New Materialism: Bringing online and offline together

alt Paradiso Labs is the place where Paradiso tries stuff. New tools, new initiatives, you're all more than welcome to join forces and experiment if we think it adds to the experience in and around a club. That is the case with New Materialism. New Materialism brings online and offline together with NFC technology. An interview with Joost de Waal.

Wat does New Materialism do?

In 12 words:
Digital music. Physical objects. We bring those two, essentially disparate categories together.

How does it work?

Touch any enhanced objects with your phone, listen to it.
Or watch it.
Or just see what happens.

That´s the customer side. To the music industry and marketing agencies, we offer the technological implementation and also, with our object management system Currents, the service to control the dynamic connections, to track usage, and to securely work with other online services.

Those enhanced objects can take lots of shapes: It can be a cd or vinyl record with extra bonus material. Or something unexpected… Like the bouncy balls we made, which had José González’s video Heartbeats inside.

Why is it important to you to connect a physical product with an online environment?

Both have their own pros and cons. Digital offers endless possibilities, ease-of-use, integration in our social networks, but it lacks tangibility. It isn't tactile. It's not IRL.

To illustrate this point, what exactly fuels the vinyl revival? It's about the music, sure, but it's also – maybe more so – about how it looks, how it feels, the rituals surrounding it. It's about the experience of buying, owning, collecting – and of showing and giving.

Anyway, we try to find meaningful ways of combining the two, to find hybrid forms that add value, that create crosstraffic. Marketing people often talk about tying media, social media, live experiences, etc. together. We think we can add physical products into the mix.

Also: It's just really cool to play with. :)

You’ve been working on this idea for years, what have been the biggest hurdles?

First and foremost:
Apple. It's proven difficult working within the confines of iOS and so far it's not been possible for us to make everything we do available for iPhones.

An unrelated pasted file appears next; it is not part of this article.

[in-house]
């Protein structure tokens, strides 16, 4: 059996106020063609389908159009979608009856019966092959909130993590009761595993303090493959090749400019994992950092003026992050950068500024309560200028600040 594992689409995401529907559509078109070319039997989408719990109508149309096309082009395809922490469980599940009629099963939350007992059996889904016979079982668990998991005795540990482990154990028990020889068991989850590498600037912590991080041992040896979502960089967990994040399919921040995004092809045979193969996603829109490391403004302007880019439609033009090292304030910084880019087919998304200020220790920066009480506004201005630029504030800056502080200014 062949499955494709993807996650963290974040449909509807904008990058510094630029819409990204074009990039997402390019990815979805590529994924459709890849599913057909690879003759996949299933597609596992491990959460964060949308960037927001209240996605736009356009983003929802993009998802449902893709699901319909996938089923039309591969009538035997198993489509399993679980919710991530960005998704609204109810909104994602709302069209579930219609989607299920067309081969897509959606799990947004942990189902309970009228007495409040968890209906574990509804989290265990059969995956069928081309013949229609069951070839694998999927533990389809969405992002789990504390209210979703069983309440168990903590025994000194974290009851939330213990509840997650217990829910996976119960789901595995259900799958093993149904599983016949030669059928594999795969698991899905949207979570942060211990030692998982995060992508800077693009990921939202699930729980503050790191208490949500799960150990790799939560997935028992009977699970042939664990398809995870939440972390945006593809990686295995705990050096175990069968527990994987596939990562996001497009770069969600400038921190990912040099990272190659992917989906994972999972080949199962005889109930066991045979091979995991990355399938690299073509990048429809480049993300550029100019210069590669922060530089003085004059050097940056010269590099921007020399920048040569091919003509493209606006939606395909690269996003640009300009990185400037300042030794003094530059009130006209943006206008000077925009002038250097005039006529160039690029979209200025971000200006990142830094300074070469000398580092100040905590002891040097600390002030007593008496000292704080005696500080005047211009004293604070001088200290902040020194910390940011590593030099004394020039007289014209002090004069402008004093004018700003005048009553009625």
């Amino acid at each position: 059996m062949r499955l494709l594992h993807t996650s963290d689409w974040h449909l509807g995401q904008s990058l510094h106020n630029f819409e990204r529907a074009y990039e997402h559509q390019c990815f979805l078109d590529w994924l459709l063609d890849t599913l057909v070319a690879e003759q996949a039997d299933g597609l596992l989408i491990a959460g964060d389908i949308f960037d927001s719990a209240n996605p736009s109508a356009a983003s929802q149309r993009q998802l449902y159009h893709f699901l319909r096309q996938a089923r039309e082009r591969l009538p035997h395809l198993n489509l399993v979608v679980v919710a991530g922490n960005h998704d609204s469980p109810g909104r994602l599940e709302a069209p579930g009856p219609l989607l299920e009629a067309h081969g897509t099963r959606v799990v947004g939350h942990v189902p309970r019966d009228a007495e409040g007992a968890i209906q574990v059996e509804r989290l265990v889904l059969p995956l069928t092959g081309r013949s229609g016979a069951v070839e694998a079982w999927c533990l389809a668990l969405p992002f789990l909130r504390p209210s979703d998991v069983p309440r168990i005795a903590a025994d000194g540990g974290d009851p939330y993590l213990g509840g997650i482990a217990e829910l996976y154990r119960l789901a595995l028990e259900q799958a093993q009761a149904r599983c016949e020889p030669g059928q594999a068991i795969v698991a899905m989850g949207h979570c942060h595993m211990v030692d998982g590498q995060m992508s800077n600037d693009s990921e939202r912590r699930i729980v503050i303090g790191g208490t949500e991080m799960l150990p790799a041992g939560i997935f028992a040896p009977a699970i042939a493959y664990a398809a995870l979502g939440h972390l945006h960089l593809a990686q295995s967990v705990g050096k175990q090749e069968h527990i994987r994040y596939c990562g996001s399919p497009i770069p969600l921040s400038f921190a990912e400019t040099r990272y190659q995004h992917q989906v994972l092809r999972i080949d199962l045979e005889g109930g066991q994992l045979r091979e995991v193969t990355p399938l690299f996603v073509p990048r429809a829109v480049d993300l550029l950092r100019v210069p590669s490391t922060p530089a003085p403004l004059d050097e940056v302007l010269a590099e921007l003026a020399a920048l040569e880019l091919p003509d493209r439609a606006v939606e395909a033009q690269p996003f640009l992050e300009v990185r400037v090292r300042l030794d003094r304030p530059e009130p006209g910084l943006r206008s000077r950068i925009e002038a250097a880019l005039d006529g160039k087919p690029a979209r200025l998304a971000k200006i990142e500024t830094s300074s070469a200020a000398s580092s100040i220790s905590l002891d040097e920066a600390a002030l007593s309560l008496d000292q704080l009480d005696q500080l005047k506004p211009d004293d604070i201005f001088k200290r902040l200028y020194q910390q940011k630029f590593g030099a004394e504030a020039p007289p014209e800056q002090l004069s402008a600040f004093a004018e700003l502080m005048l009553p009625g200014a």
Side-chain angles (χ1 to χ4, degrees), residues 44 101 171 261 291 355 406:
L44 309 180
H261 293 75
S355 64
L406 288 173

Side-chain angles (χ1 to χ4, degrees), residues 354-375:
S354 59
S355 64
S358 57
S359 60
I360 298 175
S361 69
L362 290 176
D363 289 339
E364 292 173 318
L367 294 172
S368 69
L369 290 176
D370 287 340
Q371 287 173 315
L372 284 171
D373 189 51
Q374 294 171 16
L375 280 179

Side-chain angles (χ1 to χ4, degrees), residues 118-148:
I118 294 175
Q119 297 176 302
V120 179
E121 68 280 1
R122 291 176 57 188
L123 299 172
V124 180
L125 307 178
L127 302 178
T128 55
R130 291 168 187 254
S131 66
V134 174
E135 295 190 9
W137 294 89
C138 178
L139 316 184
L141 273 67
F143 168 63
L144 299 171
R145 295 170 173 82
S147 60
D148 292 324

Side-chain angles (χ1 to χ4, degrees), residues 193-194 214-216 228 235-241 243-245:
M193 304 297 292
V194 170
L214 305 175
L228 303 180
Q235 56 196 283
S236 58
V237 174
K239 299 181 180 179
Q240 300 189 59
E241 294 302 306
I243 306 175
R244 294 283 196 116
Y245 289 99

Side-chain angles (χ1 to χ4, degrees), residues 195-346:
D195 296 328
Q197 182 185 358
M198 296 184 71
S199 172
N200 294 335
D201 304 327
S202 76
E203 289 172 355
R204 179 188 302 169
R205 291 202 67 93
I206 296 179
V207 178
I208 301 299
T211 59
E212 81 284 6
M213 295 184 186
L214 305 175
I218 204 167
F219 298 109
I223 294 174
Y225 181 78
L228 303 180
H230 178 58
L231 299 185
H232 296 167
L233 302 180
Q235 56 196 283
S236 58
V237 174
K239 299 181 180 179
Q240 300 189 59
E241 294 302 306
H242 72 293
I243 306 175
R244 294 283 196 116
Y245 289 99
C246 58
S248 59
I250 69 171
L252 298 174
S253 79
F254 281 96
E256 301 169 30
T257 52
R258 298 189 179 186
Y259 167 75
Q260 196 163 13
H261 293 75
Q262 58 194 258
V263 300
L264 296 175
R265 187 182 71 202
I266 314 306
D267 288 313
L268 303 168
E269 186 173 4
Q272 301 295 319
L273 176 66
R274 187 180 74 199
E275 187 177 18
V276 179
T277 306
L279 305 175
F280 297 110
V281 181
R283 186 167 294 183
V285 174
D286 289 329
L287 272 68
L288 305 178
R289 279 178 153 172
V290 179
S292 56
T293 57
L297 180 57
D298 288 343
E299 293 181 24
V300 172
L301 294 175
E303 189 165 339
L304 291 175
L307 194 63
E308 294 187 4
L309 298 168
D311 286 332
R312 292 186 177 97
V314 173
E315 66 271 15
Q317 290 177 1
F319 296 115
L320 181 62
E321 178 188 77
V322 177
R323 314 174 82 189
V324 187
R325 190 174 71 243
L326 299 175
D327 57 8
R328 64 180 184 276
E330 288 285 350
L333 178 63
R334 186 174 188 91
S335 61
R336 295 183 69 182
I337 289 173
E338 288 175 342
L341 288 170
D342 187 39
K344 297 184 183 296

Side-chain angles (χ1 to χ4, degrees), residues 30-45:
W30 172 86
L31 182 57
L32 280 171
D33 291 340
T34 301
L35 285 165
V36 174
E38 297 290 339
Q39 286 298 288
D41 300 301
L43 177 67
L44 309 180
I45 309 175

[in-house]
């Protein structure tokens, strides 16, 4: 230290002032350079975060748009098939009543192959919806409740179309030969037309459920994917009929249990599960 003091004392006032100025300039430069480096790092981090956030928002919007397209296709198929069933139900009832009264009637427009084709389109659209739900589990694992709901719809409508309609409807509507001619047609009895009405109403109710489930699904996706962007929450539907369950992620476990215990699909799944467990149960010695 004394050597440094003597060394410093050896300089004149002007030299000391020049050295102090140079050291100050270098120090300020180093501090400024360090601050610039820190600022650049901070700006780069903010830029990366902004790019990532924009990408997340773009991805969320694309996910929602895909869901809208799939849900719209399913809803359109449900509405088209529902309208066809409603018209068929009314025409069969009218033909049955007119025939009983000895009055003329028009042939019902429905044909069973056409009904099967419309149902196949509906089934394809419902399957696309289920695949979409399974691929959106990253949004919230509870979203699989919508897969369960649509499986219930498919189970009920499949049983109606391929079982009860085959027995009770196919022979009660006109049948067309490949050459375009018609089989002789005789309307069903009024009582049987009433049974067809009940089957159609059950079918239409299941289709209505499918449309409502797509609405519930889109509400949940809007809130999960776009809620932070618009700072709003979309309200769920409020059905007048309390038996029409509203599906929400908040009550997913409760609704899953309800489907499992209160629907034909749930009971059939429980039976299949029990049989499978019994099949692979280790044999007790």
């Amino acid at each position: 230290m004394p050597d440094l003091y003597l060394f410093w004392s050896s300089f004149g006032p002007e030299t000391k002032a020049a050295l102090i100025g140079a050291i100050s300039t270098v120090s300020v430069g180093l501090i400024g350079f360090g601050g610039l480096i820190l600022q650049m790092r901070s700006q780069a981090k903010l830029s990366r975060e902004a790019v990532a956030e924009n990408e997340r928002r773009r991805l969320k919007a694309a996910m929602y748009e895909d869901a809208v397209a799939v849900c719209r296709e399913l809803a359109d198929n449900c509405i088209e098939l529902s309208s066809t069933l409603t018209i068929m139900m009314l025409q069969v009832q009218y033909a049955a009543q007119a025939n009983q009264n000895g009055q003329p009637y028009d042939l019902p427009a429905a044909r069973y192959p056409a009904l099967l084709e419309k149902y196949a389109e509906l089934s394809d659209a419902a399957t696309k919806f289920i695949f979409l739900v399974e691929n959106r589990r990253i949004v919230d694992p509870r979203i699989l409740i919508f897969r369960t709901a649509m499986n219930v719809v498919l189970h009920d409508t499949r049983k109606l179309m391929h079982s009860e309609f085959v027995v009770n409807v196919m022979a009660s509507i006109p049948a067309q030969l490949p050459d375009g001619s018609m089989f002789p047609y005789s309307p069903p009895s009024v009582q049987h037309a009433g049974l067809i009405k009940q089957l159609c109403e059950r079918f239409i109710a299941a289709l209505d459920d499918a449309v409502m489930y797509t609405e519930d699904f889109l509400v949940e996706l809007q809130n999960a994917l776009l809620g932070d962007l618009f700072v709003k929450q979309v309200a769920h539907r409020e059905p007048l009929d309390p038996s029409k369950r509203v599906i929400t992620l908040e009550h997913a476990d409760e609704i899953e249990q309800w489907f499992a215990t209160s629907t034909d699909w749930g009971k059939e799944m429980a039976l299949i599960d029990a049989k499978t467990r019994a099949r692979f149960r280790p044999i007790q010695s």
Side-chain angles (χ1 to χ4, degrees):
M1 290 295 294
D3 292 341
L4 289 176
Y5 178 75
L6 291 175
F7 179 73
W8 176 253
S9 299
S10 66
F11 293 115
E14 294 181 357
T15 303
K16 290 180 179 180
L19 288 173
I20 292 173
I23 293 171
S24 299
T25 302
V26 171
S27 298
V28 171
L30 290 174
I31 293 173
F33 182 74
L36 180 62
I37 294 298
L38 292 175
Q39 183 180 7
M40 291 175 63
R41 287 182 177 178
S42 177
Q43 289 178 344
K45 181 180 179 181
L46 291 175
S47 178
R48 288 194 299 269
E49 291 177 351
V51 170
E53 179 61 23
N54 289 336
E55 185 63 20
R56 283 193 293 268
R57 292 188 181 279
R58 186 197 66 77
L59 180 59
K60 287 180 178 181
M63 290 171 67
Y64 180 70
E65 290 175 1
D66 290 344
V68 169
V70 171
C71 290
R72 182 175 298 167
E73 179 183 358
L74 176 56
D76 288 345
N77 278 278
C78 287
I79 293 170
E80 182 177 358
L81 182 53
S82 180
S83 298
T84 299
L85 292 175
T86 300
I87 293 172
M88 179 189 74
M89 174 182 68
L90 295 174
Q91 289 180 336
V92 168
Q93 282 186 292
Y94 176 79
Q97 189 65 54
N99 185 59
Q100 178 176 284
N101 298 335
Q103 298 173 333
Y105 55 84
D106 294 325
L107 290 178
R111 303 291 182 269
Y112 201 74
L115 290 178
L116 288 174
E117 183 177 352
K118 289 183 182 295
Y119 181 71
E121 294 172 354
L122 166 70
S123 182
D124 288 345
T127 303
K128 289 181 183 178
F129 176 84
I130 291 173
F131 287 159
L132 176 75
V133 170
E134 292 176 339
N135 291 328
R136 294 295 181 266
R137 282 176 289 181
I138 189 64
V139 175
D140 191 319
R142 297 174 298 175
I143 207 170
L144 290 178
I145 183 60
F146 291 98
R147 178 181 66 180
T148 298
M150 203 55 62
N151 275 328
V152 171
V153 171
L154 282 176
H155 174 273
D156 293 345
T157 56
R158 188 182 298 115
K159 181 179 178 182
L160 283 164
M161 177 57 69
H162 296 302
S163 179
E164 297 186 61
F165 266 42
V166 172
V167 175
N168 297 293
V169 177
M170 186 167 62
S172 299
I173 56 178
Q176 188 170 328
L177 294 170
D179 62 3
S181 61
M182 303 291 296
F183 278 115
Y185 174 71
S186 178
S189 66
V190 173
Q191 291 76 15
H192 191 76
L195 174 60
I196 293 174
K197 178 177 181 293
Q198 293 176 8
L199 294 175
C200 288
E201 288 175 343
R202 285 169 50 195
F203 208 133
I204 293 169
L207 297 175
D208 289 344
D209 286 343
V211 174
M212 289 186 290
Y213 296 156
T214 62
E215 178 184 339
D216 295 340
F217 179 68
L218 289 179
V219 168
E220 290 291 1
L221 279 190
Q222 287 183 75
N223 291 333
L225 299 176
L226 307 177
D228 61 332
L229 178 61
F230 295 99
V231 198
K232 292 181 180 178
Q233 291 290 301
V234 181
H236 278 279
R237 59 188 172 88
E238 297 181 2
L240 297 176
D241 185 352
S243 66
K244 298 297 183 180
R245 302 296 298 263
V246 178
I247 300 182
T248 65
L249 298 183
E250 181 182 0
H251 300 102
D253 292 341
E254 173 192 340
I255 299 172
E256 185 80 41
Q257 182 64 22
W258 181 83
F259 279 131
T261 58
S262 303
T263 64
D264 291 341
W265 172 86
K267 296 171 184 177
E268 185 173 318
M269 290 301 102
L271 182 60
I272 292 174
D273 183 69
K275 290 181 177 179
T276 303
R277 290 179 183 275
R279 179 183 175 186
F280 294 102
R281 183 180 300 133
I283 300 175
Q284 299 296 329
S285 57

Costs. This used to be a major stumbling block. Luckily, we've managed to get our prices down dramatically.

Money. For developers, lawyers. And to finance tests. Musicians appreciate the artistic possibilities, but labels often lack budget and commitment to work with so-called 'unproven experiments'.

And where do you stand now?

We've passed the phase of MVP's and initial proof-of-concept tests. We want to scale up, work with structural partners to further develop this idea. At the same time, we're working on some individual 'releases'. To see what works best, to iterate.

Can you give examples of the stuff you’ve done? What are good cases?

De Staat wanted to test this with a very limited run of the vinyl version of their latest album, O. Tapping the sleeve with your phone led you to their presence on Spotify. It worked really well, but the static, non-exclusive nature of its connected content meant that it left some potential untapped.

An example I actually prefer is a cassette tape we made with the tiny DIY-label Geertruida, with exclusive tracks by two upcoming indie bands, TV Wonder and Floris Bates. A cassette tape was ideal: on the one hand, it has a very recognizable form factor: it clearly communicates: ‘This thing is music.’ At the same time, almost no one has a tape deck anymore, so: ‘How can I listen to this?’ We tried to use that tension to make the option of listening with a phone more attractive.

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Do you have facts and figures? Did people start using it?

Let's stick with the Geertruida testcase as an example. We distributed those cassette tapes through two different channels. Subbacultcha, an Amsterdam based indie music community, passed them on to their members and the two bands sold or gave them away to their fanbase. We found the take up rate varied from circa 45% for the Subbacultcha batch, i.e. the indie music scenesters, to 61% for dedicated fans of these specific bands.